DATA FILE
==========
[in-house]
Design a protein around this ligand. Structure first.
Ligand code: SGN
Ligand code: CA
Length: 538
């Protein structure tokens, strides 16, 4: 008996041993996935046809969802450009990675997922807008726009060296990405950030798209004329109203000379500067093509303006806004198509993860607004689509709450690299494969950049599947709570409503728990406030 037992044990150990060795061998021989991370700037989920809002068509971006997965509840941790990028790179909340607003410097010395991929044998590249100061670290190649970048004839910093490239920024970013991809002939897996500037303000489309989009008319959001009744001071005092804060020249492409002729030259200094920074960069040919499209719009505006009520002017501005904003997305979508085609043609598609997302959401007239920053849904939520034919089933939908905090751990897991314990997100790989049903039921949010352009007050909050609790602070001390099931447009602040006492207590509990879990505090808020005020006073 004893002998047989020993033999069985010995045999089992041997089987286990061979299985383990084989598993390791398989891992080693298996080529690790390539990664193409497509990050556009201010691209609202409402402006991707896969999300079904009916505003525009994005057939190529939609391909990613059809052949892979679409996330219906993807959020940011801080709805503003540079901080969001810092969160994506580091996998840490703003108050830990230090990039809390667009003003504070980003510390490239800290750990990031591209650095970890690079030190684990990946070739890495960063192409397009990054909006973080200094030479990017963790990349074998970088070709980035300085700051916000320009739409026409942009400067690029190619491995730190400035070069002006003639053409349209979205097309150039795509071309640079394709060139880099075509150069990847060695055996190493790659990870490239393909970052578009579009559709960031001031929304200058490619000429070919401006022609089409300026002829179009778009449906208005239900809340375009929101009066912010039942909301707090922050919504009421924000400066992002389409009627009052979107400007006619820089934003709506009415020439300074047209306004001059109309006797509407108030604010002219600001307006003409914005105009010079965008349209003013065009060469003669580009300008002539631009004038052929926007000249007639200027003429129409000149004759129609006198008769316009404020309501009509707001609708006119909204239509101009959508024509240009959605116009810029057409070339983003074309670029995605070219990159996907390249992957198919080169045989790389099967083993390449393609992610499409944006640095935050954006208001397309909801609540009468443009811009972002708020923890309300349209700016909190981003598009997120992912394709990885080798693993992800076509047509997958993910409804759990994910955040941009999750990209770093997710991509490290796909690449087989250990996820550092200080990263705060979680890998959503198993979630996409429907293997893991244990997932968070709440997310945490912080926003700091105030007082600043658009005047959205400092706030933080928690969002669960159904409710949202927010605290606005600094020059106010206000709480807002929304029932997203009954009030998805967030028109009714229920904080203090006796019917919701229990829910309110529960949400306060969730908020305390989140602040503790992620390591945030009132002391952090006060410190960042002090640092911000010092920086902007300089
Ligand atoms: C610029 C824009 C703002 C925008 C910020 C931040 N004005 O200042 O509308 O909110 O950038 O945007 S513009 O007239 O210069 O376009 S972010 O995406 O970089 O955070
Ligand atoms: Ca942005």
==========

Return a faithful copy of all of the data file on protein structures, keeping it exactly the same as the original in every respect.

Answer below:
[in-house]
Design a protein around this ligand. Structure first.
Ligand code: SGN
Ligand code: CA
Length: 538
């Protein structure tokens, strides 16, 4: 008996041993996935046809969802450009990675997922807008726009060296990405950030798209004329109203000379500067093509303006806004198509993860607004689509709450690299494969950049599947709570409503728990406030 037992044990150990060795061998021989991370700037989920809002068509971006997965509840941790990028790179909340607003410097010395991929044998590249100061670290190649970048004839910093490239920024970013991809002939897996500037303000489309989009008319959001009744001071005092804060020249492409002729030259200094920074960069040919499209719009505006009520002017501005904003997305979508085609043609598609997302959401007239920053849904939520034919089933939908905090751990897991314990997100790989049903039921949010352009007050909050609790602070001390099931447009602040006492207590509990879990505090808020005020006073 004893002998047989020993033999069985010995045999089992041997089987286990061979299985383990084989598993390791398989891992080693298996080529690790390539990664193409497509990050556009201010691209609202409402402006991707896969999300079904009916505003525009994005057939190529939609391909990613059809052949892979679409996330219906993807959020940011801080709805503003540079901080969001810092969160994506580091996998840490703003108050830990230090990039809390667009003003504070980003510390490239800290750990990031591209650095970890690079030190684990990946070739890495960063192409397009990054909006973080200094030479990017963790990349074998970088070709980035300085700051916000320009739409026409942009400067690029190619491995730190400035070069002006003639053409349209979205097309150039795509071309640079394709060139880099075509150069990847060695055996190493790659990870490239393909970052578009579009559709960031001031929304200058490619000429070919401006022609089409300026002829179009778009449906208005239900809340375009929101009066912010039942909301707090922050919504009421924000400066992002389409009627009052979107400007006619820089934003709506009415020439300074047209306004001059109309006797509407108030604010002219600001307006003409914005105009010079965008349209003013065009060469003669580009300008002539631009004038052929926007000249007639200027003429129409000149004759129609006198008769316009404020309501009509707001609708006119909204239509101009959508024509240009959605116009810029057409070339983003074309670029995605070219990159996907390249992957198919080169045989790389099967083993390449393609992610499409944006640095935050954006208001397309909801609540009468443009811009972002708020923890309300349209700016909190981003598009997120992912394709990885080798693993992800076509047509997958993910409804759990994910955040941009999750990209770093997710991509490290796909690449087989250990996820550092200080990263705060979680890998959503198993979630996409429907293997893991244990997932968070709440997310945490912080926003700091105030007082600043658009005047959205400092706030933080928690969002669960159904409710949202927010605290606005600094020059106010206000709480807002929304029932997203009954009030998805967030028109009714229920904080203090006796019917919701229990829910309110529960949400306060969730908020305390989140602040503790992620390591945030009132002391952090006060410190960042002090640092911000010092920086902007300089
Ligand atoms: C610029 C824009 C703002 C925008 C910020 C931040 N004005 O200042 O509308 O909110 O950038 O945007 S513009 O007239 O210069 O376009 S972010 O995406 O970089 O955070
Ligand atoms: Ca942005």